The conference had one unfortunate incident. The amount of interpretation was necessarily tiring, and towards the end Frank Ryan started complaining in regard to the political treatment of the Irish section. Andre Marty called him to order. Frank at all times was hard of hearing, and in spite of the shouting and bawling he went solidly on with his speech. Marty lost his temper and literally screamed for him to sit down. This produced no result at all. Frank continued in better spirit than before, with the lusty help of some of the Irish, American, Canadian and British delegations. Then four guards entered the hall and proceeded to arrest him. This caused an uproar, and that night "deputations," armed to the teeth, appeared demanding his release.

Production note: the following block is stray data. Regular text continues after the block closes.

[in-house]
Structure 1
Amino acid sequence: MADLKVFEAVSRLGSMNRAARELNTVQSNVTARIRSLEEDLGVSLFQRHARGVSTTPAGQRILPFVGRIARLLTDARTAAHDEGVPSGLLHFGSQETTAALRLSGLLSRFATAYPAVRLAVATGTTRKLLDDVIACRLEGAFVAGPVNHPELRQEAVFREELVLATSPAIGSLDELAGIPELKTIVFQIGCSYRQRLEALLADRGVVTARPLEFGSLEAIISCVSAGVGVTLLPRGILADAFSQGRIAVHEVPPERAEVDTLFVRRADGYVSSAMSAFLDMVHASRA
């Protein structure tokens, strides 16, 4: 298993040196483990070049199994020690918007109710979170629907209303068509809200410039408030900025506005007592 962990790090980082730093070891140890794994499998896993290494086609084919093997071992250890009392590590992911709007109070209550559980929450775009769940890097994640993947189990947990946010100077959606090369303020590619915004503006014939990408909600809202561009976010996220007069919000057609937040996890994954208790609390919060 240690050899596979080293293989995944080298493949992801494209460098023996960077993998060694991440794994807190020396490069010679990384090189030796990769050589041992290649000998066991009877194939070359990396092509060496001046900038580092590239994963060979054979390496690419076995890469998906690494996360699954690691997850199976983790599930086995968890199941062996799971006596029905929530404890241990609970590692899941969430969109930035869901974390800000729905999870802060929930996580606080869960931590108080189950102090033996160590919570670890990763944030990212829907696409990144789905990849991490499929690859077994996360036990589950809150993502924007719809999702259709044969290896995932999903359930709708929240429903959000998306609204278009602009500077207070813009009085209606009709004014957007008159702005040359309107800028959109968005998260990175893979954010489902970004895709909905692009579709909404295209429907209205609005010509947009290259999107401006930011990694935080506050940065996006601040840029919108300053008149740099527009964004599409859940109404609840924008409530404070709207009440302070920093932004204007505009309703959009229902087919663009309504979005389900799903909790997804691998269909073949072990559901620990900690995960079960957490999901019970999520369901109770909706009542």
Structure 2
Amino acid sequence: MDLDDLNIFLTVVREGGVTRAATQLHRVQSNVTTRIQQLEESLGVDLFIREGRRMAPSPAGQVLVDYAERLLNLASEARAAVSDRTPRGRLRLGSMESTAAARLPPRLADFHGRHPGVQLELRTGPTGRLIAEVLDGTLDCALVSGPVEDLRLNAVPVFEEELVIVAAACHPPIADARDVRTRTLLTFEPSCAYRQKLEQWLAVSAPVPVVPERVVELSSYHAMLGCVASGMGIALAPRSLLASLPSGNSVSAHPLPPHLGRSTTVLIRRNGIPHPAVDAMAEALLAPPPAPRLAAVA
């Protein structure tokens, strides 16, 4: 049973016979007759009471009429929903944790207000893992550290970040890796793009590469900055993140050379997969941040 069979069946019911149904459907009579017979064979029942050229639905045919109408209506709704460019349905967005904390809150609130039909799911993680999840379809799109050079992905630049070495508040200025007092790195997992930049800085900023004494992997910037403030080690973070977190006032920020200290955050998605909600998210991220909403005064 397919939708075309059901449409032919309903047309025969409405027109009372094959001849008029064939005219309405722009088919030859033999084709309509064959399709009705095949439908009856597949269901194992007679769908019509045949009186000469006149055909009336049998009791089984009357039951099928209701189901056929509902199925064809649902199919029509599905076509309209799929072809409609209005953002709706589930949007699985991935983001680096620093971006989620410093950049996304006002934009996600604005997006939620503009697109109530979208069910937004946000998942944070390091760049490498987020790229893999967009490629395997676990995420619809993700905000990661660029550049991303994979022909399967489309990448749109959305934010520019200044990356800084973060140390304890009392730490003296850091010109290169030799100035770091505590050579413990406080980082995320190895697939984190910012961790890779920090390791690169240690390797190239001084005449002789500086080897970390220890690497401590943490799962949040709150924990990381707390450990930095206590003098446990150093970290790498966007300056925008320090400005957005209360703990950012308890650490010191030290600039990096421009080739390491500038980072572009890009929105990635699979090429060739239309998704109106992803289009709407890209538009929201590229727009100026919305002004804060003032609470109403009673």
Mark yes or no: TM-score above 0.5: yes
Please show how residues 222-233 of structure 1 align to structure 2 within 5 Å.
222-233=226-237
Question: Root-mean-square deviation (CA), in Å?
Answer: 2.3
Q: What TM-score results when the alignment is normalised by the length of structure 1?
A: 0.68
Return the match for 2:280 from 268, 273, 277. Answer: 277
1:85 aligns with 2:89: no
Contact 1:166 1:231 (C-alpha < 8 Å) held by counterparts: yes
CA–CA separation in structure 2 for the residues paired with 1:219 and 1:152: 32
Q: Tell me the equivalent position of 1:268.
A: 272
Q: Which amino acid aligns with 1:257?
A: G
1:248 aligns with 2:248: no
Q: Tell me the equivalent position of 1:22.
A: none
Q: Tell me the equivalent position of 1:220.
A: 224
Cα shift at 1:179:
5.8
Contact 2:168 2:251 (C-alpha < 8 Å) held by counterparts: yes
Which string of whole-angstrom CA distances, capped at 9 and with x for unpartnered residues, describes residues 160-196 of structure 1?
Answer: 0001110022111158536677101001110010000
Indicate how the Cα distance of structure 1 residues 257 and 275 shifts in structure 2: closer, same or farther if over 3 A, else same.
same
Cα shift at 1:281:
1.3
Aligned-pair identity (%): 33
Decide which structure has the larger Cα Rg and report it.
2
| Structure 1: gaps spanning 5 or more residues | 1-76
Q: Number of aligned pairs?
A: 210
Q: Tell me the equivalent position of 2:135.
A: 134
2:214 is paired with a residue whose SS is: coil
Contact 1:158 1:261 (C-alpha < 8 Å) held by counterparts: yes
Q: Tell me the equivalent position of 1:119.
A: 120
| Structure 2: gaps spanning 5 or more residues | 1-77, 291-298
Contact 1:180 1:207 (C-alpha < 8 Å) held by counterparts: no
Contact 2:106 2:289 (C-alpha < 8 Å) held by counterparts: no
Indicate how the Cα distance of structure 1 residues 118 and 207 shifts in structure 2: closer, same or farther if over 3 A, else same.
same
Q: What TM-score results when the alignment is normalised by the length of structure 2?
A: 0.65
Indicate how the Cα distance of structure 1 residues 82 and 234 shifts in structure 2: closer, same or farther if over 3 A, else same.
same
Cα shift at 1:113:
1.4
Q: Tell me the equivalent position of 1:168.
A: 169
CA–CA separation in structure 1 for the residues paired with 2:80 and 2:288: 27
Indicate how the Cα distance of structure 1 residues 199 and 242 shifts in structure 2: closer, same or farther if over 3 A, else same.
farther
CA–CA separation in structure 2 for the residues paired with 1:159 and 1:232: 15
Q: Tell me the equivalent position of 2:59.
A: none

The Madrid government and general staff have shown a startling incapacity for the elementary organization of defense. So far they have not achieved agreement between the parties. So far they have not created an appropriate relationship for the government and War Ministry to take control. Caballero, having arrived at the need to establish the institution of political commissars, so far has not been able to realize this, because of the extraordinary bureaucratic sluggishness of the syndicalists, whom he greatly criticizes and yet without whom he considers it impossible to undertake anything. The general staff is steeped in the traditions of the old army and does not believe in the possibility of building an army without experienced, barracks-trained old cadres. Meanwhile, the capable military leaders who have been fighting at the front for two months in various detachments, and who might have been the basis for the development of significant military units, have been detailed all over the place. Up to four thousand officers, three-fourths of the current corps, are retained in Madrid and are completely idle. In Madrid up to ten thousand officers are in prison under the supervision of several thousand armed men. In Madrid no serious purge of suspect elements is in evidence. No political work and no preparation of the population for the difficulty of a possible siege or assault is noticeable. There are no fewer than fifty thousand armed men in Madrid, but they are not trained, and there are no measures being taken to disarm unreliable units. There are no staffs for fortified areas. They have put together a good plan for the defense of Madrid, but almost nothing has been done to put this plan into practice. Several days ago they began fortification work around the city. Up to fifteen thousand men are now occupied with that, mostly members of unions. There has been no mobilization of the population for that work. Even the basics are extraordinarily poorly taken care of, so the airport near the city is almost without any protection. Intelligence is completely unorganized. There is no communication with the population behind the enemy's rear lines. Meanwhile, White spies in the city are extraordinarily strong. Not long ago, a small shell factory was blown up by the Whites; an aerodrome with nine planes was destroyed because the aerodrome was lit up the entire night; a train carrying 350 motor-cycles was destroyed by enemy bombs.